Jesus is explaining that what he offers in giving himself – flesh and blood – is an opportunity for people to take in his life. When we eat this bread and drink this cup, we are feeding on Christ himself and he gives us life.
There are many ways of interpreting this across the Christian traditions.
As with much of the Bible, some take what Jesus says quite literally – when we devour bread and wine at a communion, we are eating the actual body and blood of Christ. This is known as transubstantiation, and is the official Roman Catholic position on the eucharist.
Other believe that the bread and wine remain bread and wine in their physical form but become Jesus Christ in a spiritual way. This is Consubstantiation.
A further view sees bread and wine as purely symbolic, that we are re-enacting what Jesus did at the Last Supper but that the bread and wine are purely representational and symbolic rather than changing anything in themselves.
And other views fill the gaps between the ones I’ve mentioned this morning too.
Whichever view we take, we need to be fed by Jesus.
Our physical bodies are sustained by a whole host of goodies – some health-giving, some essential, others naughty but nice. Unlike the people of the first century, we have a wide variety of choice – too much, some people think. We are fortunate – many people around the world have to survive on what they can get.
But even with food for our physical bodies, we need to make choice. If we ate only chocolate or drank only wine, if we indulged in cakes and sweets but never ate the perhaps less appealing green veg, we would fast become obese and unhealthy.
Like our physical bodies, our spiritual lives can be nurtured in many ways. But there is only one way to get true food for our souls, and that is the way of Jesus Christ.
How can we feed on him? The way of wisdom calls to offer us bread and wine. We are here this morning feeding on Christ, by giving ourselves to sharing with each other at God’s table.
We need always to remember that this meal we come to is hosted not by me or by the church but by Christ. It is his meal. It is his body and blood that we share.
But as we turn aside to share in that meal, we would do well to heed the voice of Lady Wisdom, the voice that calls us to the real food, calls us as well to put aside immaturity and to walk with insight.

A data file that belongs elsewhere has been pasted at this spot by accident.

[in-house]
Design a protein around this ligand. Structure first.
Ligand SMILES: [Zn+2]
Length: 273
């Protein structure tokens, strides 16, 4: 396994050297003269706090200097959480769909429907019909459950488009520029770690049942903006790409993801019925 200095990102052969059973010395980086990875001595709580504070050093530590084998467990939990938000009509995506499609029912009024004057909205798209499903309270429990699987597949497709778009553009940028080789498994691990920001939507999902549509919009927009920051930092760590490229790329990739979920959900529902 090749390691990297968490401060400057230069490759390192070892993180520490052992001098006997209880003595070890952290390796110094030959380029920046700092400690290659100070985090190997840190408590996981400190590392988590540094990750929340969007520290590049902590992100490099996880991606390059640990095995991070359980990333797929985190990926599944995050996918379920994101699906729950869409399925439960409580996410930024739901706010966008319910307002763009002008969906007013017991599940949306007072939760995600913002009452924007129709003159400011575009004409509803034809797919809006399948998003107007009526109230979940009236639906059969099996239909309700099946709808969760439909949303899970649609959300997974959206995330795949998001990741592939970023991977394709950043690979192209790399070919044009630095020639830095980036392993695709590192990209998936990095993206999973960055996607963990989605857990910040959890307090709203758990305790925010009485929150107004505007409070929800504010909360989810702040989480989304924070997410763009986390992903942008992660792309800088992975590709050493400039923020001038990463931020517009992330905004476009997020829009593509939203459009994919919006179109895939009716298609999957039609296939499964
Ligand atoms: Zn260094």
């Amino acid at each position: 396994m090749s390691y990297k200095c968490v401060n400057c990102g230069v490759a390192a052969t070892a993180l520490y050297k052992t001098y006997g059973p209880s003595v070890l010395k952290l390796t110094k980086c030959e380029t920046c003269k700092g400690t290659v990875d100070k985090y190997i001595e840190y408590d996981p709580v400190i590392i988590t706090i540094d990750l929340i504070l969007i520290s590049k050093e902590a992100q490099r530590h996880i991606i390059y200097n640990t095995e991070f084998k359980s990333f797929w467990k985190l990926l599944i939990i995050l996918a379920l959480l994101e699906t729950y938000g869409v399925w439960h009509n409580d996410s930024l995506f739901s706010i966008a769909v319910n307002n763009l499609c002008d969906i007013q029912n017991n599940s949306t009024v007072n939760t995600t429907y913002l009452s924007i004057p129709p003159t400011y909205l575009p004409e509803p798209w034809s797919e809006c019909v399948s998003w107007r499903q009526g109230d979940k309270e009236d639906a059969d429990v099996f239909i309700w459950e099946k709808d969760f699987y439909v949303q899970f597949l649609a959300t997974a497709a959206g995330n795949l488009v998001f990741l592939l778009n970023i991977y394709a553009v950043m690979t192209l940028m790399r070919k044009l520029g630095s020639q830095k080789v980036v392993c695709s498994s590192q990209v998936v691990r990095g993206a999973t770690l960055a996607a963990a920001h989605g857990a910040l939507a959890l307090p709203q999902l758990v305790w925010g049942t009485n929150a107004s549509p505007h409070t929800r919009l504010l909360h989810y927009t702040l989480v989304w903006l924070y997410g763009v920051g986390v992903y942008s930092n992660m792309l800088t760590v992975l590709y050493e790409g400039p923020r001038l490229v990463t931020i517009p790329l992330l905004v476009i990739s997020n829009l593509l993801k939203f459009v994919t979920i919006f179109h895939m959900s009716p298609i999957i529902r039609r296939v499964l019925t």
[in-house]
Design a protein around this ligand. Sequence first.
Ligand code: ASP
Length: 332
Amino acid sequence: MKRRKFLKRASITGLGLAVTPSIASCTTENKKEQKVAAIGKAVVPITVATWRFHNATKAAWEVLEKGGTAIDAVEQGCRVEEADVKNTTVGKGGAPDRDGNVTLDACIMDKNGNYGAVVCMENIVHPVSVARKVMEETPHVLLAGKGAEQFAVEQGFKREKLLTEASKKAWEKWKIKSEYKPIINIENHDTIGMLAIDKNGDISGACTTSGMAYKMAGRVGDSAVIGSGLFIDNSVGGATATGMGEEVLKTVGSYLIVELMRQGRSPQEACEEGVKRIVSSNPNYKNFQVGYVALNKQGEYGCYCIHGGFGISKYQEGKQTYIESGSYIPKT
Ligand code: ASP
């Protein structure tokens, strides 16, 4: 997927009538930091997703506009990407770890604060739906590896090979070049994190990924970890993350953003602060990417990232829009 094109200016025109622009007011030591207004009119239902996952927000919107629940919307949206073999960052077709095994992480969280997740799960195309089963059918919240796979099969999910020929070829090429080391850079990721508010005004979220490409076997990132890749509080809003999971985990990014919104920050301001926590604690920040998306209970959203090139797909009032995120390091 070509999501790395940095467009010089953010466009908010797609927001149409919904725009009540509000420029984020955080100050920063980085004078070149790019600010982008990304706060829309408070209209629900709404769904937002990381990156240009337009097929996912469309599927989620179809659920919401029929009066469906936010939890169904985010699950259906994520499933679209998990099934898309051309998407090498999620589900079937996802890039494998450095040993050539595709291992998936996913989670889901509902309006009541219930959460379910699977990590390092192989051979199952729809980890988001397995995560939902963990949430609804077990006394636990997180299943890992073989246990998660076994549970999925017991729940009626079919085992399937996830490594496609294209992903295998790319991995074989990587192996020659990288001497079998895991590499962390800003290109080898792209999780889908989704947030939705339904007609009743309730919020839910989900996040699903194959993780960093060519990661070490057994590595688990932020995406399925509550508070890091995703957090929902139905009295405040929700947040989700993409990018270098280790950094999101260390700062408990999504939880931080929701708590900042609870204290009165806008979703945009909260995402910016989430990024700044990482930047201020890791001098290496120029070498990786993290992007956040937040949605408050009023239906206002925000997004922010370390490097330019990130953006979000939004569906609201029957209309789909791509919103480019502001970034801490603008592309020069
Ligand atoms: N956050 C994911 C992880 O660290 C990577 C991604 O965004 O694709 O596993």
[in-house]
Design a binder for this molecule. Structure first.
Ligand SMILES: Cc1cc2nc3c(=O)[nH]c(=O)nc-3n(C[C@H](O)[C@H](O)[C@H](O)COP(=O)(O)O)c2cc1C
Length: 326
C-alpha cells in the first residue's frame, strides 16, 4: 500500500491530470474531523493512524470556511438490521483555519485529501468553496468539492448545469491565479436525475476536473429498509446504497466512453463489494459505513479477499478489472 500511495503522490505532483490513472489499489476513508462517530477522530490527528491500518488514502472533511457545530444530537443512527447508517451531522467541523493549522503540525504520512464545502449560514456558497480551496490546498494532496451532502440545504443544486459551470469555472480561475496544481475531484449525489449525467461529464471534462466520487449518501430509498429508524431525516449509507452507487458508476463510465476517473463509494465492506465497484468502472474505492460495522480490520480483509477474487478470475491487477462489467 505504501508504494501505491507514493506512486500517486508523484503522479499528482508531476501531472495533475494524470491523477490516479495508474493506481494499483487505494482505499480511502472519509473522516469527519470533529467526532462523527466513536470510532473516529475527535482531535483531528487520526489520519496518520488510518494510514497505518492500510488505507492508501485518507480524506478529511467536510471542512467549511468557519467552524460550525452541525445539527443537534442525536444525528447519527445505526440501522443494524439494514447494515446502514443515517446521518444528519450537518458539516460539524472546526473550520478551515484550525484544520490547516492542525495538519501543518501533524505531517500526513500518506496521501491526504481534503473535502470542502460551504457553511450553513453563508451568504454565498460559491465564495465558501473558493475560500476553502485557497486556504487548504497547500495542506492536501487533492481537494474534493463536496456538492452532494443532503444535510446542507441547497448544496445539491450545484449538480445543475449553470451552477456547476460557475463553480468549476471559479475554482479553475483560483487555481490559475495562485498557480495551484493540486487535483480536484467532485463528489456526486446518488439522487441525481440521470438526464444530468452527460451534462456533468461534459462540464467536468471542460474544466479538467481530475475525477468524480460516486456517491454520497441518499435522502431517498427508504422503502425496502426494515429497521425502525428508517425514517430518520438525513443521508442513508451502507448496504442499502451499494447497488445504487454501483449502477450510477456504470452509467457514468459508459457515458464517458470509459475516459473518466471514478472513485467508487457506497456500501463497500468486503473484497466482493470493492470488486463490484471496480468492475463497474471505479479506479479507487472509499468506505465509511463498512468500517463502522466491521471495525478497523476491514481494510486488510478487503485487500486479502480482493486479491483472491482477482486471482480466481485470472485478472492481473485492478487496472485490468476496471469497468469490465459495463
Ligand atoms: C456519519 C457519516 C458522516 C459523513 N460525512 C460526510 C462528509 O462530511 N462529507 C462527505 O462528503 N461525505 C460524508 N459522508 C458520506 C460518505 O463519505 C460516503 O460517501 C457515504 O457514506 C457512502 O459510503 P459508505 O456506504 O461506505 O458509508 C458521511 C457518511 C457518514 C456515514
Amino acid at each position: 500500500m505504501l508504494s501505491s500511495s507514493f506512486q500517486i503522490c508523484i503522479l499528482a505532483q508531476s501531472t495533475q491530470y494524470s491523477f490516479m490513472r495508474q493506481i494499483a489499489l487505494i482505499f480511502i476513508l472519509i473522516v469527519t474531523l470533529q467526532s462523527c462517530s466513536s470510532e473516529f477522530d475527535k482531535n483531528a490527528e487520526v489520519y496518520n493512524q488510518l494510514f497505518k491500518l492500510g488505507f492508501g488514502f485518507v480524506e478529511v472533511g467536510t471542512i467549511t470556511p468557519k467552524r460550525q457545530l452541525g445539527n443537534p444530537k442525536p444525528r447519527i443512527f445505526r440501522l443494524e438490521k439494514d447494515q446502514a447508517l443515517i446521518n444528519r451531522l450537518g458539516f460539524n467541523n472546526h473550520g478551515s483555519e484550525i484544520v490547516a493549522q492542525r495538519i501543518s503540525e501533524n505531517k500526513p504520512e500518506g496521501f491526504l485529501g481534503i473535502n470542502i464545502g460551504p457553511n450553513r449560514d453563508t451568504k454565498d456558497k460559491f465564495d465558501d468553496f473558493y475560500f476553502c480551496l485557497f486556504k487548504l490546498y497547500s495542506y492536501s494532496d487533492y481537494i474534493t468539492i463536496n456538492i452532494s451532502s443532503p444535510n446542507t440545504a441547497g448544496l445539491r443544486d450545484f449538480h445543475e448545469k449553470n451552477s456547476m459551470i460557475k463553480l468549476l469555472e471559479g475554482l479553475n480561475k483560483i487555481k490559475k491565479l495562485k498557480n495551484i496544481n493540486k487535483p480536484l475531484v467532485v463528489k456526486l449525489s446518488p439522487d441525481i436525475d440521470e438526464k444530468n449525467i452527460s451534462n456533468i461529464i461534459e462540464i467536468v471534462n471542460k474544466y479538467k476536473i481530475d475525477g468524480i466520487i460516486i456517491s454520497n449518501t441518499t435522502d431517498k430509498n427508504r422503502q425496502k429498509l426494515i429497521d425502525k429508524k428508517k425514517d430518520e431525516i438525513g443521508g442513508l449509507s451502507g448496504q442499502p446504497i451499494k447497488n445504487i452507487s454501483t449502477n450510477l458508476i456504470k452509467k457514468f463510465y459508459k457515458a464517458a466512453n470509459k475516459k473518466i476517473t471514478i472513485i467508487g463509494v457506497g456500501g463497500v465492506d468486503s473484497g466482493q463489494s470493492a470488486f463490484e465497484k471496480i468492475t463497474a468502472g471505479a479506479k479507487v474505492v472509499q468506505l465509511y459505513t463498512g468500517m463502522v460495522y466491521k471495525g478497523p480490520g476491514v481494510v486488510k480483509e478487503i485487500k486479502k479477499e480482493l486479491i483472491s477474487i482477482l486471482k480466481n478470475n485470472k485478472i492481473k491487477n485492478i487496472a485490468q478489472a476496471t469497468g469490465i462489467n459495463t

We receive wisdom and insight when we respond to the call of God and not to the call of folly – other gods. We receive wisdom and insight when we do not prostitute ourselves to the enticing calls of false saviours.
Each day we are bombarded with calls on our time, our money, our focus, our skills.
Come to me – all will be well. Send money here – you’ll not regret it. Choose what you know you shouldn’t and hide it from yourself and from the world.
What stolen water and secret food do we indulge in?
Many of the things that feed our lives are not bad in themselves, But the only offer which can bring true life is that of Jesus Christ.
What do we try to trust in rather than God? If we look at how we spend our time and our money, does it reflect that we see Jesus as our life, as essential to our being? Or are we being too frequently called away to things that seem enticing at the time but which won’t be feeding us for eternity?
What things take the place of Lady Folly in our life?
What does Lady Wisdom call us to do?
The path of spiritual maturity is one that is centred around God and our spiritual lives.
The path of the wise is to love in the fear of the Lord – not fear as in being frightened, but a recognition of the place of God as Creator, Redeemer, Sustainer of all that is, a relationship of awe and thanksgiving, and ultimately one of trust.
To fear the Lord is to trust in God, above all else.
And we can help ourselves do this through prayers, fasting, obedience, knowledge of Scripture, coming together with other Christians for worship and fellowship, and in the light of today’s Gospel reading, receiving the body and blood of our Lord Jesus Christ at the table to which he calls us in communion with thanksgiving, and then sends us out into the world to proclaim and share his love, to call others to the feast, where we shall find eternal life.